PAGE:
All the hard work was done by Friday morning when I wrapped up my last show, and Minneapolis offered extra incentive to cross the finish line strong. I was only two hours away from my 95-year-old Grammy’s hometown. So I packed up the rental car and set out for farm country Wisconsin on the coldest morning of the week: the thermometer in the car dipped to -11 on the way! I normally see her just once a year in the spring or summer; this was a bonus. We bundled up and ran errands on Friday with my uncle; and despite the brittle cold (the kind that hurts your lungs when you breathe), we also went to the local country club for shrimp dinner. That’s one of my grandmother’s favorite weekly activities. So is the game of Upwords, and we managed a few games before we retired for the night.

I will always cherish my Saturday in snowy Wisconsin. It couldn’t have been more opposite from the buzz and excitement of Minneapolis. Grammy didn’t leave her apartment because of the snow, and I didn’t go far. I helped her with a load of laundry, washed all her dishes, cleaned up her kitchen, and vacuumed her little place. It wasn’t all that different from a Saturday at home, devoted to life’s little mundane tasks, except my heart was full of joy because Grammy was happy. She fell asleep in the chair halfway through Apollo 13, but it was wonderful to sit there with her, soaking in the peace and quiet. I had to drive back to Minneapolis early Sunday to catch my flight home before the game, and Grammy teared up when I left. But I was able to hug her and promise I’d return in a few months.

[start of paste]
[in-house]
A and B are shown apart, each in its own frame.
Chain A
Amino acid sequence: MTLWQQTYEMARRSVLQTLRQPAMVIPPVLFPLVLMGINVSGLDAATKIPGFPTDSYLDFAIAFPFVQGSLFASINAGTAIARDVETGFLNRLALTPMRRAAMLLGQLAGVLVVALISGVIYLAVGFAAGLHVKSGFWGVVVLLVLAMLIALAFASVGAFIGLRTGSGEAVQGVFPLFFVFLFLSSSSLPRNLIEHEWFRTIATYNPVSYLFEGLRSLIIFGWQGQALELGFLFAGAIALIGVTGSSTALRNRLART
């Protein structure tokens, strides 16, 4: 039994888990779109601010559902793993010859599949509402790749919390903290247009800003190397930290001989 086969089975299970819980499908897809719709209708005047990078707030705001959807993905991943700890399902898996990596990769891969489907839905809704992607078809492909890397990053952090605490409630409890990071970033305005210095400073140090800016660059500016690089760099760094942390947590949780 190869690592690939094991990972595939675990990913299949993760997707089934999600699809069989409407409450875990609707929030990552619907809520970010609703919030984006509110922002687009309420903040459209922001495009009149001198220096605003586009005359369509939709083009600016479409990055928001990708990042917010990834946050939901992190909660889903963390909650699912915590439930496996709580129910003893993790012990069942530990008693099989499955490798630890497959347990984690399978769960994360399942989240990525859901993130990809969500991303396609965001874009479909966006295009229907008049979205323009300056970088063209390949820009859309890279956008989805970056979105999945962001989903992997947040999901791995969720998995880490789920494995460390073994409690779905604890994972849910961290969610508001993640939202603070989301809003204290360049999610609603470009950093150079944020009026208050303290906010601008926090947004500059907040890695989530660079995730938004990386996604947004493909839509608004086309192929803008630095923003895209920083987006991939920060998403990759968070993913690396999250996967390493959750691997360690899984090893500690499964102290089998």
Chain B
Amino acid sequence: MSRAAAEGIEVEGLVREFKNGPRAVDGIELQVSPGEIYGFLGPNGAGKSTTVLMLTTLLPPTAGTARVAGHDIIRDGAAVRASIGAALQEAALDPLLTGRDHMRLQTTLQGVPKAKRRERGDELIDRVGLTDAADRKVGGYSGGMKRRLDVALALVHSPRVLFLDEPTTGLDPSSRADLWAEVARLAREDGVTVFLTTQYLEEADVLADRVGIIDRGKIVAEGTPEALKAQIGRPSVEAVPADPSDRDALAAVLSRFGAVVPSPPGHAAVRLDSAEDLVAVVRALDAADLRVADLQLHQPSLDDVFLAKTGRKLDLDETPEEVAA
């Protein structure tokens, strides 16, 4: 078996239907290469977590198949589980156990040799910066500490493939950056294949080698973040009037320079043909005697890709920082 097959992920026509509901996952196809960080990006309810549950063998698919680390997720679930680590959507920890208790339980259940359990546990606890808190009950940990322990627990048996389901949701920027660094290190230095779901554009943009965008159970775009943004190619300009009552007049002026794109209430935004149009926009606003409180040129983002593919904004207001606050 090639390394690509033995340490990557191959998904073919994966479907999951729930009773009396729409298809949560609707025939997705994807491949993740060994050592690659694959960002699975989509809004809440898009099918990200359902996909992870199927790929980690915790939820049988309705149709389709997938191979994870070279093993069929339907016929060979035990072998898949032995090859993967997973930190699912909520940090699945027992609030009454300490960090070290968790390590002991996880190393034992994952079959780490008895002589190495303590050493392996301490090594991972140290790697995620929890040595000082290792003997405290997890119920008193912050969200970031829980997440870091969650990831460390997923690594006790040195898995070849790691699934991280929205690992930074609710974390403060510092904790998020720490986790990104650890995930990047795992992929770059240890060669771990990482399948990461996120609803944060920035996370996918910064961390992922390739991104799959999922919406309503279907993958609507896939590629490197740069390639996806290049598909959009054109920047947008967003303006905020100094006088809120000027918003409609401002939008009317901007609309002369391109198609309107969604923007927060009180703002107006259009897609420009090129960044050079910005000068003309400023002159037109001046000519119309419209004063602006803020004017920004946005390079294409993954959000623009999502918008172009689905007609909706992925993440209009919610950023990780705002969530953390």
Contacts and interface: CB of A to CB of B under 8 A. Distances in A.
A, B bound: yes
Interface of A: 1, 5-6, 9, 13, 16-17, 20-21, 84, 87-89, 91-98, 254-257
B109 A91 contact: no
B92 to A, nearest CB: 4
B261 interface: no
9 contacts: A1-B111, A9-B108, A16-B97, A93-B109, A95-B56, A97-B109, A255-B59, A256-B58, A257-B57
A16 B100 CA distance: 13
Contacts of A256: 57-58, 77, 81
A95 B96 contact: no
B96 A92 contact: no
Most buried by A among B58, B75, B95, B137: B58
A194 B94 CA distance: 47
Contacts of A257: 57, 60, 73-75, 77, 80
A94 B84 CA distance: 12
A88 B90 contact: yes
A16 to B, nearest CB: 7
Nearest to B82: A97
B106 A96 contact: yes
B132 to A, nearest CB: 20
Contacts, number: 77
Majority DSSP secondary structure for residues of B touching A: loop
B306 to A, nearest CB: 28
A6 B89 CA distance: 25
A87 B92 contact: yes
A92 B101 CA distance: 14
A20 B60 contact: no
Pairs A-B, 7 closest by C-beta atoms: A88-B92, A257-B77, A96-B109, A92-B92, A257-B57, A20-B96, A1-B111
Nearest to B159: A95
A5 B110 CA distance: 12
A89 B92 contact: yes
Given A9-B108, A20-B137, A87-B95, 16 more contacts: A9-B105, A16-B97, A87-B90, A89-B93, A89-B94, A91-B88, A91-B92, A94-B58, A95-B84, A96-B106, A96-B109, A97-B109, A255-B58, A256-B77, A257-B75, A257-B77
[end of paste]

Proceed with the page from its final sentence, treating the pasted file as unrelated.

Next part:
I’m so grateful for the annual opportunity to cover the massive occasion that is Super Bowl Week. It offers amazing access inside the football world and provides my one chance all year to look my guests directly in the eye and smile! But this trip was extra special, thanks to my Wisconsin weekend. Thank you, NFL, for choosing Minneapolis! Helen’s sweet photo is the souvenir I brought home, though she’d cluck at me if she knew I was posting it online. Love you, Grammy!! XO


Why Isn’t Anyone Listening??

Posted in Uncategorized on November 22, 2017 by amylawrencepxp